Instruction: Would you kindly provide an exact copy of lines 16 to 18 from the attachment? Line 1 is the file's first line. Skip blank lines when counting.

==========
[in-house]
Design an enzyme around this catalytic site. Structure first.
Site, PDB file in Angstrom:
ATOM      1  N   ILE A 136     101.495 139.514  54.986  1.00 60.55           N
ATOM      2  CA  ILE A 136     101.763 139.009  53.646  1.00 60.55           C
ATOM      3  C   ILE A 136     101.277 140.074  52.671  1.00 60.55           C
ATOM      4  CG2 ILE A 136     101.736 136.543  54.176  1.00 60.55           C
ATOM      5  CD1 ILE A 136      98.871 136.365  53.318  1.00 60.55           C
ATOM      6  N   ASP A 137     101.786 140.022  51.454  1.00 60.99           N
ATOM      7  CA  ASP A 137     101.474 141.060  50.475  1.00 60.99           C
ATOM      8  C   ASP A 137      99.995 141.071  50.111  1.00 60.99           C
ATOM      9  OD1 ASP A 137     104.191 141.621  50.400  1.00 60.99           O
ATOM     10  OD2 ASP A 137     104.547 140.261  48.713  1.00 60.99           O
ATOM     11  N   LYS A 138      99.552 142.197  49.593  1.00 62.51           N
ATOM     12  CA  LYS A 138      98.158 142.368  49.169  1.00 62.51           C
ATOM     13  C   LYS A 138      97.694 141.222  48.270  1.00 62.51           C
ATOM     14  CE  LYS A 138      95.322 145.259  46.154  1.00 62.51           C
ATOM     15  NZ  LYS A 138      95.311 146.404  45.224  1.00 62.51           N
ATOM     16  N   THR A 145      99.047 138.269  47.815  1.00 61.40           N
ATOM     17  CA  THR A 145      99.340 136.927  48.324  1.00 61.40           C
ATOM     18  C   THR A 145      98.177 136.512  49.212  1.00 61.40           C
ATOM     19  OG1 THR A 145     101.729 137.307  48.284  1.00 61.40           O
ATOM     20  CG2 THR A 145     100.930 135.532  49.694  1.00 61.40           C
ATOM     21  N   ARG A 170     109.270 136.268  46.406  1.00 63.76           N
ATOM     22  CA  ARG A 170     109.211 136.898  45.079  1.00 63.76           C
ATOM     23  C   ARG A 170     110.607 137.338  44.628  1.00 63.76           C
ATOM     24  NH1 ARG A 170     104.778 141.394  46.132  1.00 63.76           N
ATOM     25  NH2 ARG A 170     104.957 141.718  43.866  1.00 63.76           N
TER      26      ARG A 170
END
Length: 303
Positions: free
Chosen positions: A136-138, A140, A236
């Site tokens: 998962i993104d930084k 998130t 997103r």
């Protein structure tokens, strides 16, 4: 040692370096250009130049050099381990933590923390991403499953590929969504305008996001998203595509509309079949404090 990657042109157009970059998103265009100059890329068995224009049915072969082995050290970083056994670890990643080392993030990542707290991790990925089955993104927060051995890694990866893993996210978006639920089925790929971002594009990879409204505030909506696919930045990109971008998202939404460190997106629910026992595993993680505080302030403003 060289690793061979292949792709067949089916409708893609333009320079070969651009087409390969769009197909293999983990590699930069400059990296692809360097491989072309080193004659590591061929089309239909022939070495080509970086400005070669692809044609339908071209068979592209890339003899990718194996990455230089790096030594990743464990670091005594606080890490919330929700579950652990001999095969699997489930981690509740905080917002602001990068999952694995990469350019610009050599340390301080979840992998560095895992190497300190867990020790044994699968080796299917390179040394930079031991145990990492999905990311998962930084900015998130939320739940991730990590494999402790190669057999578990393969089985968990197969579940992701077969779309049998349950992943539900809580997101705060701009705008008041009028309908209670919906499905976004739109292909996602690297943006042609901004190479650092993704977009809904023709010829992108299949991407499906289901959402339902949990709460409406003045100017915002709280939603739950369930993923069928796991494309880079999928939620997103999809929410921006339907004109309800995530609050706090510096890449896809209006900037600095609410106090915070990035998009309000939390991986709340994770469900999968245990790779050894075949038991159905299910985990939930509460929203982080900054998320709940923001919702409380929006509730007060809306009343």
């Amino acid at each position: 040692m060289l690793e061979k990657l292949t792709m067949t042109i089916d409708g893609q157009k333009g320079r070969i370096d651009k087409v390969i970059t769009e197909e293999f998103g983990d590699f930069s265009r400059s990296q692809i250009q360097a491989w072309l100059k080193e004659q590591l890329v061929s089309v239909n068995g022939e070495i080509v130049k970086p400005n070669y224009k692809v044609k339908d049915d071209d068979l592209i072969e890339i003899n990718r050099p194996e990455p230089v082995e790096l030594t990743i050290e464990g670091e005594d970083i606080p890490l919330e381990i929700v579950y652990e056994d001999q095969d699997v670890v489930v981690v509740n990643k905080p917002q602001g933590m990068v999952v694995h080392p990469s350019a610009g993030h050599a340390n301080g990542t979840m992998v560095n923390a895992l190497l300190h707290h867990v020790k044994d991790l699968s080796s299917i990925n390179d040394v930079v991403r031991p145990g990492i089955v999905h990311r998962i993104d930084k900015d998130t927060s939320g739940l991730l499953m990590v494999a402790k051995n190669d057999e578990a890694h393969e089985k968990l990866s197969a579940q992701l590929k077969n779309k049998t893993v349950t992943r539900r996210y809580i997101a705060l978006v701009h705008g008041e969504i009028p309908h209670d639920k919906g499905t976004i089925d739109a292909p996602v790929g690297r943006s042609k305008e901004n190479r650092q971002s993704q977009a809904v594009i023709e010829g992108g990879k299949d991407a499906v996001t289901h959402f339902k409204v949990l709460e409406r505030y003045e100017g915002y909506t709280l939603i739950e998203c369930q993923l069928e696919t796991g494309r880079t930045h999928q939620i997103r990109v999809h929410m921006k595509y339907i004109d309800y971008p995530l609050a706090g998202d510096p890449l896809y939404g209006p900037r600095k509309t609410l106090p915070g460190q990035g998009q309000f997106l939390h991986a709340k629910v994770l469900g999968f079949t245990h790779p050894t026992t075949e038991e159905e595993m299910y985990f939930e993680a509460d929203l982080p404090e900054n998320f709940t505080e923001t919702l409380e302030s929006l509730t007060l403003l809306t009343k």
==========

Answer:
ATOM     13  C   LYS A 138      97.694 141.222  48.270  1.00 62.51           C
ATOM     14  CE  LYS A 138      95.322 145.259  46.154  1.00 62.51           C
ATOM     15  NZ  LYS A 138      95.311 146.404  45.224  1.00 62.51           N